Discussion turned to possible action to advance information sharing and enforcement capacity. Ms. Cole elaborated on how NOAA spreads U.S. fisheries management standards by working with many national and international entities. She described how pressure from multilateral organizations, such as RFMOs, can help bring corrective action to countries violating fishing agreements and cited South Korea’s success in expanding use of vessel monitoring systems on distant water vessels and engaging more productively in multilateral organizations after being identified in a past NOAA report. Witnesses and members also brought up NOAA’s ability to be a subject matter expert in helping other sectors, with Mr. Nathaniel Rickard (Trade Counsel, Southern Shrimp Alliance) explaining how U.S. Customs and Border Protection relies on NOAA’s expertise to recognize IUU fishing products.

However, Ranking Member McClintock and Mr. Connelly argued that anything more than fisheries management and identification of problem countries would be beyond the scope of NOAA’s duties and place an undue burden on U.S. fishing enterprise. They disagreed with others in the room on the value of the Seafood Import Monitoring Program (SIMP), started in 2018, which requires reporting imports of fish and fish products identified as vulnerable to IUU activity. While they described the extensive record-keeping required as a financial burden on honest fishers, proponents for SIMP highlighted how it has already improved traceability and will only continue to do so with more data. Because seafood supply chains are highly distributed, Ms. Sagiv argued that action must be taken at all levels of the supply chain. She and other witnesses recommended continued involvement of NOAA, expansion of IUU definitions (including indicators of forced labor and human trafficking), and growth of SIMP.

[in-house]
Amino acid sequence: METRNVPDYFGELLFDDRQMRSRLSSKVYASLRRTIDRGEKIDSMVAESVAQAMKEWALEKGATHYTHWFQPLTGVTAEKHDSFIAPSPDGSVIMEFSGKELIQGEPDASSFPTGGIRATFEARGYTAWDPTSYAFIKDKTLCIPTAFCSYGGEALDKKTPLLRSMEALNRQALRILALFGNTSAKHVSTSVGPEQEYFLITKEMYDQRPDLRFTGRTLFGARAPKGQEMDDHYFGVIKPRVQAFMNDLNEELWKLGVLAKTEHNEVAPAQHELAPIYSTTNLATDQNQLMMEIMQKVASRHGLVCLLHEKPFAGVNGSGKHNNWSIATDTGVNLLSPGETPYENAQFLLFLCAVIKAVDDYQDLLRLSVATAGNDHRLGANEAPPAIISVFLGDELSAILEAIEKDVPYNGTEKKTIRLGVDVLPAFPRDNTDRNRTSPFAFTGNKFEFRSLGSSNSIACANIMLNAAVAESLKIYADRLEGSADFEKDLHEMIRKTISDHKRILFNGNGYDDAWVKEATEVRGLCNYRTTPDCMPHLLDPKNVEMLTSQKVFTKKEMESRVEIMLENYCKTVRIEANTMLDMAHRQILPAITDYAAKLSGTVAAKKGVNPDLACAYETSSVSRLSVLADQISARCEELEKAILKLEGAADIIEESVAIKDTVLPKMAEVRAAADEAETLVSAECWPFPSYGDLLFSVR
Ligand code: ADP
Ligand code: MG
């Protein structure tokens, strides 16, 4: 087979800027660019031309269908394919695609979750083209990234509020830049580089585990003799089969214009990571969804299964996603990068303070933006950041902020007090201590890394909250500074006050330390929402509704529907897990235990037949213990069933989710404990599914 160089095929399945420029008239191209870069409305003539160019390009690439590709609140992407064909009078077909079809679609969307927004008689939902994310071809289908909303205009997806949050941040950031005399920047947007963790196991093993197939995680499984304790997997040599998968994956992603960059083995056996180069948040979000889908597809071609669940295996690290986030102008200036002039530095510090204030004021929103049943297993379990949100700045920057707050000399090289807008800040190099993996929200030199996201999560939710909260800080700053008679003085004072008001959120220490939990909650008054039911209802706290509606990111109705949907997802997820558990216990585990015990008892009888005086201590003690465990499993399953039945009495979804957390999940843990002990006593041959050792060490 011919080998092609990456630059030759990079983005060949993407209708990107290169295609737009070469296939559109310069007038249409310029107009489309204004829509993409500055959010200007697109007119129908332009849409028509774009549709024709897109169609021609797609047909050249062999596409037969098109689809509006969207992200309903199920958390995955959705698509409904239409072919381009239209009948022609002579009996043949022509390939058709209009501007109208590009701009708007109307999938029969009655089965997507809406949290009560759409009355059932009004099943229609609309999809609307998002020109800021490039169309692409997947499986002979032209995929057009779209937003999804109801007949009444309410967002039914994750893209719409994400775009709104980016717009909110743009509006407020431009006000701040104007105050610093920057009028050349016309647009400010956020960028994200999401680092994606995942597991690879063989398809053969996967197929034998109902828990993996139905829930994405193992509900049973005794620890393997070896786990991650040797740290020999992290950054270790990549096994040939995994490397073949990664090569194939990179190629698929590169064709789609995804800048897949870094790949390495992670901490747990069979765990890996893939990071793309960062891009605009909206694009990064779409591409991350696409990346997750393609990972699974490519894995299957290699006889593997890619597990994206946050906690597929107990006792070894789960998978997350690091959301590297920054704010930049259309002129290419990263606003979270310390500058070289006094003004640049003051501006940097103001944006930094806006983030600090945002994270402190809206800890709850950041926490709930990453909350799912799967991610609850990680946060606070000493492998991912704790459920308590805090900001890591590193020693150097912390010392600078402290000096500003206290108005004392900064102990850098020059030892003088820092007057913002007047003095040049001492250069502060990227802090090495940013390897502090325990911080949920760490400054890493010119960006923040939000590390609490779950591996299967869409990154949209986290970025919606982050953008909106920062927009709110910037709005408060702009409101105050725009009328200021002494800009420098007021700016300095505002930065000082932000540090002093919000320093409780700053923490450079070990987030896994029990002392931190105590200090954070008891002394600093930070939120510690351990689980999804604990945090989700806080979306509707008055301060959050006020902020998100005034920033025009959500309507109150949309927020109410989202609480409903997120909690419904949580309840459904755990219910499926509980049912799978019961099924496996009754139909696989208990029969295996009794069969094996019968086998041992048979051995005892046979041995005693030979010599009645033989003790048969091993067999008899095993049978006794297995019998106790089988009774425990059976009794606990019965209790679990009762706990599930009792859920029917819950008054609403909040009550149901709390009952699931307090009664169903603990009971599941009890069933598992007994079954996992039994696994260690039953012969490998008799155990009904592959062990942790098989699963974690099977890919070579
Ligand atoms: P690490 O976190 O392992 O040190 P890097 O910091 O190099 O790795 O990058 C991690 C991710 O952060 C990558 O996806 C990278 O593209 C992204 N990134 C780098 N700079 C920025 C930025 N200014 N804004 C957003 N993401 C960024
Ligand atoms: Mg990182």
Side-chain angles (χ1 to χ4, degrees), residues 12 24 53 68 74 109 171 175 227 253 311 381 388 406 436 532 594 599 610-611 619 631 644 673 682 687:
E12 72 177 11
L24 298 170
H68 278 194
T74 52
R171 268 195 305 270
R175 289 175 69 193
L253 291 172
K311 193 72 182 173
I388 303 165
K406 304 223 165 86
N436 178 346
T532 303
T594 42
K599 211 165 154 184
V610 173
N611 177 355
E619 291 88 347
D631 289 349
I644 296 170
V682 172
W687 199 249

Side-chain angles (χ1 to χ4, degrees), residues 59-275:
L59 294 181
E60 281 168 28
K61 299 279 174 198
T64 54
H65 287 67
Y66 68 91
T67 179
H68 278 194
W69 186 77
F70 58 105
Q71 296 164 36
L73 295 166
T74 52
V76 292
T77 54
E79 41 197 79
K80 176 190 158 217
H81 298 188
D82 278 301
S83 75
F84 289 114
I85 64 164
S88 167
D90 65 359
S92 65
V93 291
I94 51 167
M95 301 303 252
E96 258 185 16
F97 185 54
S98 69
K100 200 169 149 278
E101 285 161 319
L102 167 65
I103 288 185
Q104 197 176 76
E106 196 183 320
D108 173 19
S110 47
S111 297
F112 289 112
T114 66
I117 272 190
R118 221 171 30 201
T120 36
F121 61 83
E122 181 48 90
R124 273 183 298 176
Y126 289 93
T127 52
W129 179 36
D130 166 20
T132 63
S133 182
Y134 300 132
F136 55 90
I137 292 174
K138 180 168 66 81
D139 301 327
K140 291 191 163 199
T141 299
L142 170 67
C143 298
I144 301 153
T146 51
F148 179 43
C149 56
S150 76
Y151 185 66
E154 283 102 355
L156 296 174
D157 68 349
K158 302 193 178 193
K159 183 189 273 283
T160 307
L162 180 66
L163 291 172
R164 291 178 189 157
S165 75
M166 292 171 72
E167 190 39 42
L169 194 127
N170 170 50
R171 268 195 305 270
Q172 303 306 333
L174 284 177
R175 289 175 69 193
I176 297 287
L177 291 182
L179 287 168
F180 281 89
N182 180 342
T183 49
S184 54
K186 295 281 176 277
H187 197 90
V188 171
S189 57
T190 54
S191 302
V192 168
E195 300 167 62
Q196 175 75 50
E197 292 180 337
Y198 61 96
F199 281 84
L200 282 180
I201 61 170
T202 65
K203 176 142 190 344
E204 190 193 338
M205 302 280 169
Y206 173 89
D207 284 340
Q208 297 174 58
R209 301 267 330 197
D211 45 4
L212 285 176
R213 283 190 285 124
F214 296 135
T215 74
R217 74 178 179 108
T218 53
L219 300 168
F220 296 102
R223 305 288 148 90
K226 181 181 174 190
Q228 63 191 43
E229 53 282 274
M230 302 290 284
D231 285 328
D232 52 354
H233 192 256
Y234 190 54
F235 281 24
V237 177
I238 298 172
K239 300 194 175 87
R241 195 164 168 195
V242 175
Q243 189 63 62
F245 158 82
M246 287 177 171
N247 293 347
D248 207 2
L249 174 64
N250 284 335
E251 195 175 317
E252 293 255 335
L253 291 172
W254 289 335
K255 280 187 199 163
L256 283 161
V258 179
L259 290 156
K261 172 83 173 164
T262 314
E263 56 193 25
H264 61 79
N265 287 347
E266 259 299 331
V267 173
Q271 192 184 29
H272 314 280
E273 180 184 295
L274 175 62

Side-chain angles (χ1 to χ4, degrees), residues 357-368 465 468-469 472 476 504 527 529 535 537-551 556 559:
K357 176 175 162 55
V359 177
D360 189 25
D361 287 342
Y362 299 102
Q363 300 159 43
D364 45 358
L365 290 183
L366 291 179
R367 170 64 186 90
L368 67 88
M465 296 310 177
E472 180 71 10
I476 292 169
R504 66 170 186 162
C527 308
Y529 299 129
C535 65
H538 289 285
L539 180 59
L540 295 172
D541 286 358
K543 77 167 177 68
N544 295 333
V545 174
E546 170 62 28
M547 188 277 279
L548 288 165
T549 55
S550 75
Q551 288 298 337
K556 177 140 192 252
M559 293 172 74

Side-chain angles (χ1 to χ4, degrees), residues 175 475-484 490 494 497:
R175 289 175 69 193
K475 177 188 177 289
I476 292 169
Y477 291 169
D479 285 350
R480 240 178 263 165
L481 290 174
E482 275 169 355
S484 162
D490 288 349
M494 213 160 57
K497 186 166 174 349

“The oceans are truly the final frontier, the wild west of our planet you might say. The remoteness of the open ocean combined with the limited data and the monitoring of fishing vessels and a lack of law enforcement capabilities create a perfect storm for illegal activity.” — Chairman Jared Huffman (CA-2)

“These types of fishing activities undermine management efforts and the efforts of responsible fishermen which is why Congress has passed several bills that have increased our engagement on these issues.” — Ranking Member Tom McClintock (CA-4)

“We have an opportunity to move these issues forward, towards better practice for people and planet. When we sit down to eat, we cannot forget the millions of workers like Soe who catch and produce our food. We cannot simply brush off the suffering in our supply chains; we can take this as an opening to act to help protect our food supply, not just from IUU fishing but from forced labor — a practice that is also illegal, unreported, and unregulated.” — Ms. Ame Sagiv (Senior Manager, Investments, Humanity United)